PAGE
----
Another work selected for review is the etching “Pink Eyes” by Richard Bawden.
Title: Pink Eyes (etching)
Bawden, Richard (b.1936)
I was drawn to the work due to the delicacy of the rendering of the rabbit which is the subject of the print and the beautiful soft colour scheme of neutral greys, pale orange which provide a prefect background for the delicate whiteness of the rabbit.
The artist has used a vertical format, dividing the picture plane almost in half horizontally using the horizon line. The rabbit is placed in the lower section of the picture plane centrally, beside a ghostly tree positioned to the right of the rabbit. A ghostly moon shines in the night sky in the upper section of the picture plane in the darkest portion of the night sky. A pale orange light illuminates the night sky to the left, providing a warm contrast to the otherwise seemingly monochromatic scene. The only other strong colour is the pink eyes of the rabbit. The rabbit’s fur has a faint tinge of pink across it’s coat, with white highlights helping to develop the texture of the fur.The use of a monochrome scheme for most of the print emphasises the pink of the rabbit’s eyes helping them to stand out in a way which would be difficult if the work showed more colour elsewhere.
The artist has managed to convey a sense of the animal’s soft fur by the very delicate marks used for the handling of the fur around the rabbit, contrasting with its surroundings.
Overall, it is a beautiful delicate print which suggests an “otherworldliness” to the nocturnal life of the rabbit.
The second work by Richard Bawden is a linocut titled “Hares at Holbacks”.
Title: Hares at Holbacks (linocut)
Bawden, Richard (b.1936): Medium: linocut
This is a multicolour linoprint of hares in a woodland setting. The most striking feature of the print is the mark making used to develop the coats of the animals. For the hare in the foreground, the artist has used a wide variety if horizontal marks to describe the fur of the hare, changing the direction of the marks to vertical on the animal’s legs. The fur of the underbelly is described by the white of the paper and short vertical marks, contrasting with the rougher fur on the animal’s back.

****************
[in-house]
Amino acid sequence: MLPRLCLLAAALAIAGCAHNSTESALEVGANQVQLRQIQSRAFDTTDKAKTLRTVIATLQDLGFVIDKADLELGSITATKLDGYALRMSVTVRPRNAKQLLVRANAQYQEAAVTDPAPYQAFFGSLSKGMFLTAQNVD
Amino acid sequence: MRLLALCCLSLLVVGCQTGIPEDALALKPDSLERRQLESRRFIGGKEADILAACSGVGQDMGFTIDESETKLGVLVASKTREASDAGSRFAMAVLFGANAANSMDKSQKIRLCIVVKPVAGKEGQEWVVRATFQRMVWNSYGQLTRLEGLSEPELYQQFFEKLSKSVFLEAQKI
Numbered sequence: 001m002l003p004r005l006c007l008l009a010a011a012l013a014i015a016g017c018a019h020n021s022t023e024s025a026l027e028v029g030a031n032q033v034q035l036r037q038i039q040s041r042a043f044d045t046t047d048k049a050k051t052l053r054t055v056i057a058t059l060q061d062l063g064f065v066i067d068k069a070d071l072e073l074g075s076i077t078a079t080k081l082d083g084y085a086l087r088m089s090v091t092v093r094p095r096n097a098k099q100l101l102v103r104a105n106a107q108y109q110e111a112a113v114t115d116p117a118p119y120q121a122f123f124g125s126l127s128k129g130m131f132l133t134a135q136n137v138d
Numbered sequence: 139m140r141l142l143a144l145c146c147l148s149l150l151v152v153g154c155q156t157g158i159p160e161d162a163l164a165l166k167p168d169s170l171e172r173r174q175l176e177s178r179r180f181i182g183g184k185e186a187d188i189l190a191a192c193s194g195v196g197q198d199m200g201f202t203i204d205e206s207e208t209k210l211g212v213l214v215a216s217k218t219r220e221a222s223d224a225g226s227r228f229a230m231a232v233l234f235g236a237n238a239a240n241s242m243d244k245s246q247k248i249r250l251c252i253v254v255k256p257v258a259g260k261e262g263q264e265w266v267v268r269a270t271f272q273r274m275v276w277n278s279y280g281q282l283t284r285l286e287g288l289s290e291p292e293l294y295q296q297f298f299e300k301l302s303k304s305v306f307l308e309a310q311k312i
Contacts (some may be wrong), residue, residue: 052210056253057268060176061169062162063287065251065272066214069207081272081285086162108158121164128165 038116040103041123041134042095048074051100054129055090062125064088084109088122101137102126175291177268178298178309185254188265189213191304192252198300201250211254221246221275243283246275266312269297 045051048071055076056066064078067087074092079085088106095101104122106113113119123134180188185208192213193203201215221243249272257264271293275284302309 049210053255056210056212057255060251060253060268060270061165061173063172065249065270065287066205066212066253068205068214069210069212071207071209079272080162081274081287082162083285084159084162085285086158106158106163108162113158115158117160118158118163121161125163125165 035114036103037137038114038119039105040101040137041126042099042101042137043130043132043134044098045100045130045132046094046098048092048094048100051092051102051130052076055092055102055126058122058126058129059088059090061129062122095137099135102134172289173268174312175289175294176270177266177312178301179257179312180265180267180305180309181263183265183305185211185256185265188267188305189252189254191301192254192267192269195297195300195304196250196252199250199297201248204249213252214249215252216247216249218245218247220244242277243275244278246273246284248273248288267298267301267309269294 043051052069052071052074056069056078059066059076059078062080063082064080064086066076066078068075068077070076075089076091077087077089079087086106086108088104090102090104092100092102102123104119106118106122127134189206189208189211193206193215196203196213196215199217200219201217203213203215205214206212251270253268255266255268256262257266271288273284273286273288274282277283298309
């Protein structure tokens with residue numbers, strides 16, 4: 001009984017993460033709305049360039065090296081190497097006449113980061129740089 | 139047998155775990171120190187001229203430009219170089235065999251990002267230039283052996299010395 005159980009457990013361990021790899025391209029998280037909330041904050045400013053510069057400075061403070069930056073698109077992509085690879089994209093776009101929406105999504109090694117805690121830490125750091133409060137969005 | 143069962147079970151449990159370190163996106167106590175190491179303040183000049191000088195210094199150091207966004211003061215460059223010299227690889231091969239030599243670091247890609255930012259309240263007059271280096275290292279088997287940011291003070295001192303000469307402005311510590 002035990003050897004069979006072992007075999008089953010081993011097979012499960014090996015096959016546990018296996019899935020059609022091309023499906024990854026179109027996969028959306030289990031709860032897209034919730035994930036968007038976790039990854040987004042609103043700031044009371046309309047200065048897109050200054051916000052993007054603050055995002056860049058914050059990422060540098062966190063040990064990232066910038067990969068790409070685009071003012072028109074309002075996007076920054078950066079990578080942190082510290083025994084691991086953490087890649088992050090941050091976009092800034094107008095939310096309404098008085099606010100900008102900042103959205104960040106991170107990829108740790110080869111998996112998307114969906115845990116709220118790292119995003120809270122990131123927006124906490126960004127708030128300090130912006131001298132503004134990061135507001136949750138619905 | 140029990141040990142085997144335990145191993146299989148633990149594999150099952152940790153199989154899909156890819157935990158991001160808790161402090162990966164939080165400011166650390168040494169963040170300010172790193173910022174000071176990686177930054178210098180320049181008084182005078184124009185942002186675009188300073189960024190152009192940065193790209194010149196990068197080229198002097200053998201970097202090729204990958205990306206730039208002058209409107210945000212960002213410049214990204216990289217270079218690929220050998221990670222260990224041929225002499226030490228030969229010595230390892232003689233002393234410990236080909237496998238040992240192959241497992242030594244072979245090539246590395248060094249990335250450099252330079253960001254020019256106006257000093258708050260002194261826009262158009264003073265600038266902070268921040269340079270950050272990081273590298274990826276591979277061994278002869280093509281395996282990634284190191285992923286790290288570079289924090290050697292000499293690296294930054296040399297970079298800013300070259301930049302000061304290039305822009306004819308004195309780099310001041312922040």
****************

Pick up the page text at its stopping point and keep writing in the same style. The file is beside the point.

The foreground hare occupies the centre of the work in the middle third of the picture plane. The woodland recedes into the background and for this, the artist has developed less detailed marks than for the foreground hare and woodland plants. In the foreground, the veins of the leaves are shown in detail. The marks on the background hare are small and delicate and less detailed than in the foreground animal.
I found it very interesting how with limited colours, the artist has developed a sense of perspective in the print by reducing the size and detail of objects in the distance, such as the trees. I found it impossible to tell how the colours had been achieved, whether by reduction or multiple blocks but believe that the soft edges suggest this is a print created by the reduction method. This is something I would like to explore
2. Whale (woodcut on paper), Bawden, Edward (1903-89) / Imperial College Healthcare Charity Art Collection, London / Bridgeman Images
3 Tyger, Tyger (linocut), Bawden, Edward (1903-89) / © Fry Art Gallery, Saffron Walden, Essex, UK / Bridgeman Images
5. Pink Eyes (etching), Bawden, Richard (b.1936) / © Fry Art Gallery, Saffron Walden, Essex, UK / Bridgeman Images
6. Hares at Holbacks (linocut), Bawden, Richard (b.1936) / Private Collection / Sally Hunter Fine Art, London, UK / Bridgeman Images
hare running wood woodland forest